Not so good vibrations…

When you put together any assemblage of solid-state parts that are all tucked safely away in a vehicle’s compartment, it’s easy to get lulled into a false sense of a security, thinking of the various components and the wiring that connects them purely as static entities. It’s easy to forget that when you’re bouncing along down roads laden with pot-holes and crevices, all of these items start to vibrate, jiggle or even bounce around in a variety of exotic ways. Toughly clad wiring, and connections that look solid as a rock can start to erode in subtle and insidious ways that can potentially result in a catastrophic failure.

One of the advantages of constantly tinkering with with my bike is that I get the opportunity to look things over, check connections, and fix anything that seems to be amiss. I also become acutely aware of how, across the miles, the most solid looking assembly can degenerate with alarming speed. All the nuts and bolts that hold the bike together can slowly begin to work themselves loose under the barrage of vibrations that assail them while they’re in motion.

The routing of cabling is particularly important in this respect, as trapped, pinched or chafing wires will gradually succumb to friction, resulting potentially in shorts. I noticed this very quickly after I’d rigged up my makeshift cable serving the 12V system.In a hurry to get up and running I’d not given though to this and just squeezed it down the side of the hole with the batteries. Within a week it had started to show signs of wear where it had been rubbing against the too-tight space that had been allowed for it, nicking the insulation to the point that the copper was showing through. Cutting a slot for the said wires, and patching them up with a length of insulation tape fixed the problem, but a more subtle and serious instance of this was already in the making.

If you’ve been following the story of my upgrade you’ll recall how I installed and routed thicker welding cable around the upgraded battery bank. Below are pictures of the work in progress.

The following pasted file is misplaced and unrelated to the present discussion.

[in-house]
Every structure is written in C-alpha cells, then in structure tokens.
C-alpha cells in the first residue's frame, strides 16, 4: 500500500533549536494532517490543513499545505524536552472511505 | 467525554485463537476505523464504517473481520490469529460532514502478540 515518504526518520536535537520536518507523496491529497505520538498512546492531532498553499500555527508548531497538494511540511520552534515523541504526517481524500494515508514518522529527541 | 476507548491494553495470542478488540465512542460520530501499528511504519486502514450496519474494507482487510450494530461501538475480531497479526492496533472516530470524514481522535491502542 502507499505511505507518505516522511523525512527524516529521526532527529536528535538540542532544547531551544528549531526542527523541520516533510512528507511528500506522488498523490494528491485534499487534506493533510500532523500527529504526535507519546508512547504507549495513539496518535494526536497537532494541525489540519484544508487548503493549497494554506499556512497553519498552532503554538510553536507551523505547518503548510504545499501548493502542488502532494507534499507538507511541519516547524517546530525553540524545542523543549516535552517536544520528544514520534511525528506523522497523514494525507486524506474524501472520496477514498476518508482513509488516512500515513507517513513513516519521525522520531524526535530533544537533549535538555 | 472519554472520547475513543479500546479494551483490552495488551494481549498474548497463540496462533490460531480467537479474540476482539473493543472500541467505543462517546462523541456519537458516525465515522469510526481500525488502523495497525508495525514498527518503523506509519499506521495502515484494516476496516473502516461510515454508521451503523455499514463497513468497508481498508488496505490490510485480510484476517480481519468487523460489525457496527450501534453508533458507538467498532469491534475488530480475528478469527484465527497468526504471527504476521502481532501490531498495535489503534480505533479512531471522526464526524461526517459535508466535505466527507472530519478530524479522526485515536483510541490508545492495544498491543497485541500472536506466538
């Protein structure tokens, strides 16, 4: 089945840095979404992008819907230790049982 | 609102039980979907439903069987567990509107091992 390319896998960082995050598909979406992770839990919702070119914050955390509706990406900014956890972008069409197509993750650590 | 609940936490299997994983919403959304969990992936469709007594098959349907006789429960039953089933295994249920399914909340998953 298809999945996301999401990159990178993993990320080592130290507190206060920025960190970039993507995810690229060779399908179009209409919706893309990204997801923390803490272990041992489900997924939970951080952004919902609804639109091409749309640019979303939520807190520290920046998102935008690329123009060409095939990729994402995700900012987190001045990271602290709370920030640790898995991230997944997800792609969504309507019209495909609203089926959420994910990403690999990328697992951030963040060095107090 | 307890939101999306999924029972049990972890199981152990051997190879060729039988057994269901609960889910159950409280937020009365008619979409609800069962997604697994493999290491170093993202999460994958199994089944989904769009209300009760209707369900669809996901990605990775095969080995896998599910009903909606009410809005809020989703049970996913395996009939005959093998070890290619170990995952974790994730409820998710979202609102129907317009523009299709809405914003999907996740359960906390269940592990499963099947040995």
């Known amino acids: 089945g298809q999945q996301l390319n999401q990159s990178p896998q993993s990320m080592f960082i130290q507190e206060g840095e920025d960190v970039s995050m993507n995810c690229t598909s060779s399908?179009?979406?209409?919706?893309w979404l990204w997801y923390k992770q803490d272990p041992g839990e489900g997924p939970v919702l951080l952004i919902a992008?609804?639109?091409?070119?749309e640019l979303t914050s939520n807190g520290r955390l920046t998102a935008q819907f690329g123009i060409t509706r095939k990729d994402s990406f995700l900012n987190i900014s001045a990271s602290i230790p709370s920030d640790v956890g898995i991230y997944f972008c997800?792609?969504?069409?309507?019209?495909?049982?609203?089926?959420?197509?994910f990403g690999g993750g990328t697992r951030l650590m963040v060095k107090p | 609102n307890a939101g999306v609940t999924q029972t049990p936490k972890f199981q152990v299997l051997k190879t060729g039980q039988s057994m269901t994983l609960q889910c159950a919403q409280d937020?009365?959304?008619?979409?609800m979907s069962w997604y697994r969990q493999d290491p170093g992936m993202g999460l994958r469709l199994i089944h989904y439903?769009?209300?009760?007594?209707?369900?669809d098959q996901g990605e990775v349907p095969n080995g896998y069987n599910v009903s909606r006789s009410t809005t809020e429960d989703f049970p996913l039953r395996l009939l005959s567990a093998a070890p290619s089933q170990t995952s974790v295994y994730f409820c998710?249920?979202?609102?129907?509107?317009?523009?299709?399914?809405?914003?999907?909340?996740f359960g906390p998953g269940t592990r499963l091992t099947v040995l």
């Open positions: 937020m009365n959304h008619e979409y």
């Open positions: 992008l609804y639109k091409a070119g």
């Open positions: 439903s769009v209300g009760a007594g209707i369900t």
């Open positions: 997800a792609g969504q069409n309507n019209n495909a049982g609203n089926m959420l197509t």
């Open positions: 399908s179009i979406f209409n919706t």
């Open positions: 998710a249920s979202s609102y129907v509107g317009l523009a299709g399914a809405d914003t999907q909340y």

Zooming in on the master terminals of this picture, you’ll see how both the positive and negative cables have been routed along side by side, eventually leading to the back of the bike where they meet the Anderson connector.

On the face of it this looks OK, as I was careful to put good, solid lengths of heatshrink by the connector to keep it safely insulated, and the thick insulation on the weld cable is more than adequate. But now think of this all in motion with the batteries jiggling up and down with every bump in the road, and the bolt on the positive terminal scraping against the cable from the negative terminal, rubbing against the thick rubber insulation and slowly wearing through it…

All easy to see with the benefit of hindsight, as, a few weeks later, I was greeted by this sight when I took things apart in the course of doing some work on the bike:

The bolt on the master terminal had been slowly chewing its way through the adjoining cable’s insulation, finally arcing against the bare wire of the negative cable.

Because the arcing was intermittent, I never noticed anything while riding the bike, which worked fine, but there was a real danger here that – had the vibration also loosened off the bolts on the master terminals – the bared wire could have wedged itself against the positive terminal, potentially destroying the batteries or even setting them on fire. Fortunately I saw this before the situation degenerated any further, and the problem was easily fixed with a fresh, double layer of heat shrink, and a new path that kept the two cables well clear of one another.

Don’t make the same mistake as I did here! Because of the layout of the battery bank, the master terminals are very close together. If you upgrade the leads on your battery bank to something thicker, take care to route the cables very carefully and well away from where they can make contact.

Regular inspection and maintenance is really important with electric bikes, as the sheer weight of the battery banks makes them particularly prone to shaking around with quite a bit of force.

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